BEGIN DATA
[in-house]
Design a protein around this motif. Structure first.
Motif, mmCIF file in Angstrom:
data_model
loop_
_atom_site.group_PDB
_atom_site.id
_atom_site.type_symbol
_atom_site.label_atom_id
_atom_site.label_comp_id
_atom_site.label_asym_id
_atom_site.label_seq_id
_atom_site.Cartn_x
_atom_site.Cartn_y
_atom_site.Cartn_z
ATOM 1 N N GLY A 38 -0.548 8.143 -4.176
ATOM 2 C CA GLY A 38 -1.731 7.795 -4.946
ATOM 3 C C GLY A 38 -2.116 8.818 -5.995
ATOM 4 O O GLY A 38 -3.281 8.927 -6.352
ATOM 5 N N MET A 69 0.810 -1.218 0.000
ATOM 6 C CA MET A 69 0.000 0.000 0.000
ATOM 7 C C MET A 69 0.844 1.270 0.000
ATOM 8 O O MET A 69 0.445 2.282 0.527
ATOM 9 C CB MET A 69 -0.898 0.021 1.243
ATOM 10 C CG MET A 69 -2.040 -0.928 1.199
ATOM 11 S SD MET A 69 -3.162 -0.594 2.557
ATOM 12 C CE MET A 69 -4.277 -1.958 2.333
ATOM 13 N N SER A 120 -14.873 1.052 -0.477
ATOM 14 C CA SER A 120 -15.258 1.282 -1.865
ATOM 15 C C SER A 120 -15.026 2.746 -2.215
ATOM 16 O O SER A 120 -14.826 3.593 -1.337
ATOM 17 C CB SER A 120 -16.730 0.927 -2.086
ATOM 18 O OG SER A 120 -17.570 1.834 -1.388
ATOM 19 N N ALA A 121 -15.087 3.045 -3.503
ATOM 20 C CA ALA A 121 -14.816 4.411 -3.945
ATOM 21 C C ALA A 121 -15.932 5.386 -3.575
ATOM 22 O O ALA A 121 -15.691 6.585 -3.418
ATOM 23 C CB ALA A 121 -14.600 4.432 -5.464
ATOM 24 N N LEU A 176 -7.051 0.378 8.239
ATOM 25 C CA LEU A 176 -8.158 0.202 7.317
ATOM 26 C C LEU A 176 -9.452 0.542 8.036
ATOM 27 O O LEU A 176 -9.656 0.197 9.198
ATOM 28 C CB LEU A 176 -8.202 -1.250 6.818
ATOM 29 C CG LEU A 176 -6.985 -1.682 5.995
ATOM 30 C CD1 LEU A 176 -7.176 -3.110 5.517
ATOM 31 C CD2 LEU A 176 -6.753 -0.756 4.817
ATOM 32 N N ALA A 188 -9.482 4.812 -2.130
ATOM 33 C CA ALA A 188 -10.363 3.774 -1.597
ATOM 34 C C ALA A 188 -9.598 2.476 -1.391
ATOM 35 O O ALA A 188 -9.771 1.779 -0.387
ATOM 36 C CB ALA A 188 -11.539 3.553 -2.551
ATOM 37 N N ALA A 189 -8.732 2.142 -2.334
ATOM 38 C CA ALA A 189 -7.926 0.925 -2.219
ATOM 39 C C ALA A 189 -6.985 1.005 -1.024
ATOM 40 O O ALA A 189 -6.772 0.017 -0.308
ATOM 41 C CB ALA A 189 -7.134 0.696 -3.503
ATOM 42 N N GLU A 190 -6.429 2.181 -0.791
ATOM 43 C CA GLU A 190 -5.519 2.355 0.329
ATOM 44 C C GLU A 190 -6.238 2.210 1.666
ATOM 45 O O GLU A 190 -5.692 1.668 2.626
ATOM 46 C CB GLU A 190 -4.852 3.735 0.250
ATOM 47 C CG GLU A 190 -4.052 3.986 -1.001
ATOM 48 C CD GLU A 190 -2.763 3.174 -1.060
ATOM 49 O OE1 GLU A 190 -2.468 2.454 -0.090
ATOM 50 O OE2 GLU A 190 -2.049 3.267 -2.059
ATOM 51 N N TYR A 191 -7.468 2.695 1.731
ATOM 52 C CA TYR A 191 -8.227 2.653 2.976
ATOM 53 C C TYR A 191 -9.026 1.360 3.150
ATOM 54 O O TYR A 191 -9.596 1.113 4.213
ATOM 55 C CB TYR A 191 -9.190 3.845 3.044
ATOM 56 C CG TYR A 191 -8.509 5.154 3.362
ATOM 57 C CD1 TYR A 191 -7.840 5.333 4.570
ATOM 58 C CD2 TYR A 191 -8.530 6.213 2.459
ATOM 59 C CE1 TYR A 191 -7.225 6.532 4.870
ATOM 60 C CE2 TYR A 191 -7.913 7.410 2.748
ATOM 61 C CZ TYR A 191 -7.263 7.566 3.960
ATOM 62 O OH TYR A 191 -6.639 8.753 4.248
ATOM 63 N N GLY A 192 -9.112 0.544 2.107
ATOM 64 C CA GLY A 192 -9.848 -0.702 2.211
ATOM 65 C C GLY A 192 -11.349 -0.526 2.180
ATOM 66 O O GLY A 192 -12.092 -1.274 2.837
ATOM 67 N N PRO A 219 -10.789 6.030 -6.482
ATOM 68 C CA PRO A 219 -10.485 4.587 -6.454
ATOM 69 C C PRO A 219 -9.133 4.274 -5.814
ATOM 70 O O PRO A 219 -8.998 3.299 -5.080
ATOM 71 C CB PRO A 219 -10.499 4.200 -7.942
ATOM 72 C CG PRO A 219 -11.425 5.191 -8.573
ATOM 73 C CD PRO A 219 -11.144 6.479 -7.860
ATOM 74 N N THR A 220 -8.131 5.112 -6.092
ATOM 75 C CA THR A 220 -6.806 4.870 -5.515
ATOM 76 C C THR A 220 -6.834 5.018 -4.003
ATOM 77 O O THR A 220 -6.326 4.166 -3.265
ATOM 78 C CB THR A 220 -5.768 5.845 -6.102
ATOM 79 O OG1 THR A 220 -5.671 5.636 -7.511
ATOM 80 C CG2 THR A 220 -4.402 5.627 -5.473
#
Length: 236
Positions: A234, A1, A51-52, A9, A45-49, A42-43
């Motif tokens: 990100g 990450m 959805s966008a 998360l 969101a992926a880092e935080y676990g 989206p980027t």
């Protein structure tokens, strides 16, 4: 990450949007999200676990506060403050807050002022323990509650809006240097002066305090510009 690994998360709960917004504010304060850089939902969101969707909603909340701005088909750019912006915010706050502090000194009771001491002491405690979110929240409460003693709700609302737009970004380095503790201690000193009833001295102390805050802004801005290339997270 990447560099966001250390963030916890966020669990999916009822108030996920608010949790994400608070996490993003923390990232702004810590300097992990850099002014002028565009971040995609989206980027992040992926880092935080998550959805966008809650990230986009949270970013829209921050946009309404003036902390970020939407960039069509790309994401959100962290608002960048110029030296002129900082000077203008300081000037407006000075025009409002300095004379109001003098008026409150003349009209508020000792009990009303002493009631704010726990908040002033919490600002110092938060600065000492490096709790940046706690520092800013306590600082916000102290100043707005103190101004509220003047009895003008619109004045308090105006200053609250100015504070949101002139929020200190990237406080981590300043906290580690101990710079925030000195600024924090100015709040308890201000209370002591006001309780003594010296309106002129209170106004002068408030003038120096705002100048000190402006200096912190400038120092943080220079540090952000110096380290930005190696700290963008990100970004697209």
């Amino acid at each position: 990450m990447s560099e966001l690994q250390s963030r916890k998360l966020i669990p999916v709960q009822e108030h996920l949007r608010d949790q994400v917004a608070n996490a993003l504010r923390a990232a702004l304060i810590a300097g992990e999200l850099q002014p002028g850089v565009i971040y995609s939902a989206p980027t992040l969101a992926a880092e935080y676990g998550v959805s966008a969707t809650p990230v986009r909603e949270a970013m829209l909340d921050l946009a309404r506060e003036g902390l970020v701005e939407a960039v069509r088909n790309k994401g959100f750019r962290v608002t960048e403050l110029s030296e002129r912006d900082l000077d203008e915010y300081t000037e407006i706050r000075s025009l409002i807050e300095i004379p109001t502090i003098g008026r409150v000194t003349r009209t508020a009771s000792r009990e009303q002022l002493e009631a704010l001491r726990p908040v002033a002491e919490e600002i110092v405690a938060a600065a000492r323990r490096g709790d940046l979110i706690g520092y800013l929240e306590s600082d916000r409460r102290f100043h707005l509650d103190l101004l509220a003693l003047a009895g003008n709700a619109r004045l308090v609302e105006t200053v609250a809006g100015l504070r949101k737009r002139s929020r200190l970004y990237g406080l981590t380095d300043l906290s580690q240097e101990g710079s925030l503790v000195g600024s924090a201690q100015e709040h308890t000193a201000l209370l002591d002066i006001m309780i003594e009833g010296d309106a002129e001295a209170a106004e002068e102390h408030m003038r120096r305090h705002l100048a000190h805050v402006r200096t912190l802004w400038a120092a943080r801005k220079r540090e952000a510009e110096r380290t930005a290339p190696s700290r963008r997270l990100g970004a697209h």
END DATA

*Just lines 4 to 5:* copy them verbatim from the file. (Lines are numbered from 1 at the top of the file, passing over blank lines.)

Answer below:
data_model
loop_